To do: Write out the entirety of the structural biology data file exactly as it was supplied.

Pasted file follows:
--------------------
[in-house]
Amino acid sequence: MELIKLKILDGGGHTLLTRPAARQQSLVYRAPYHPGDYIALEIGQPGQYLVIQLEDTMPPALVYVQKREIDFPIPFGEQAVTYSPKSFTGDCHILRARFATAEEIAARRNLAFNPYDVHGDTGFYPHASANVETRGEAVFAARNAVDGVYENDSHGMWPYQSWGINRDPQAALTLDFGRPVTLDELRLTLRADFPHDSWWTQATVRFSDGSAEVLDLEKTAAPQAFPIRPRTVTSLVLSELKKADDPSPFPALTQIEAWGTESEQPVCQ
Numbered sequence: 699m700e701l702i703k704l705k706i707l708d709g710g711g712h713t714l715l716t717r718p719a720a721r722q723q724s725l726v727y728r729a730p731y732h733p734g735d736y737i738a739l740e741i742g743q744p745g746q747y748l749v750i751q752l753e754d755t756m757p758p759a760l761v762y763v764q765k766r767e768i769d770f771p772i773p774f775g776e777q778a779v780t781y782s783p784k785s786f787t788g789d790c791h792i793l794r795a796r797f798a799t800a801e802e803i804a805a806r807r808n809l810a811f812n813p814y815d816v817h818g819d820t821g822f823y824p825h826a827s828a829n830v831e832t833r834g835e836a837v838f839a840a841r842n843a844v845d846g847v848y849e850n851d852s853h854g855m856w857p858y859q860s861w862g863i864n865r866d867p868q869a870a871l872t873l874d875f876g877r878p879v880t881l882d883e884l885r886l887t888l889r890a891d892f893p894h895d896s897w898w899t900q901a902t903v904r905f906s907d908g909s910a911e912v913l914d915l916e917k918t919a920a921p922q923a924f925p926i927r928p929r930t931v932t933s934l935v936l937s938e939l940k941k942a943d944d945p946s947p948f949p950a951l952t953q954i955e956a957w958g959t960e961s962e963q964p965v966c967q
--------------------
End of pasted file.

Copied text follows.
[in-house]
Amino acid sequence: MELIKLKILDGGGHTLLTRPAARQQSLVYRAPYHPGDYIALEIGQPGQYLVIQLEDTMPPALVYVQKREIDFPIPFGEQAVTYSPKSFTGDCHILRARFATAEEIAARRNLAFNPYDVHGDTGFYPHASANVETRGEAVFAARNAVDGVYENDSHGMWPYQSWGINRDPQAALTLDFGRPVTLDELRLTLRADFPHDSWWTQATVRFSDGSAEVLDLEKTAAPQAFPIRPRTVTSLVLSELKKADDPSPFPALTQIEAWGTESEQPVCQ
Numbered sequence: 699m700e701l702i703k704l705k706i707l708d709g710g711g712h713t714l715l716t717r718p719a720a721r722q723q724s725l726v727y728r729a730p731y732h733p734g735d736y737i738a739l740e741i742g743q744p745g746q747y748l749v750i751q752l753e754d755t756m757p758p759a760l761v762y763v764q765k766r767e768i769d770f771p772i773p774f775g776e777q778a779v780t781y782s783p784k785s786f787t788g789d790c791h792i793l794r795a796r797f798a799t800a801e802e803i804a805a806r807r808n809l810a811f812n813p814y815d816v817h818g819d820t821g822f823y824p825h826a827s828a829n830v831e832t833r834g835e836a837v838f839a840a841r842n843a844v845d846g847v848y849e850n851d852s853h854g855m856w857p858y859q860s861w862g863i864n865r866d867p868q869a870a871l872t873l874d875f876g877r878p879v880t881l882d883e884l885r886l887t888l889r890a891d892f893p894h895d896s897w898w899t900q901a902t903v904r905f906s907d908g909s910a911e912v913l914d915l916e917k918t919a920a921p922q923a924f925p926i927r928p929r930t931v932t933s934l935v936l937s938e939l940k941k942a943d944d945p946s947p948f949p950a951l952t953q954i955e956a957w958g959t960e961s962e963q964p965v966c967q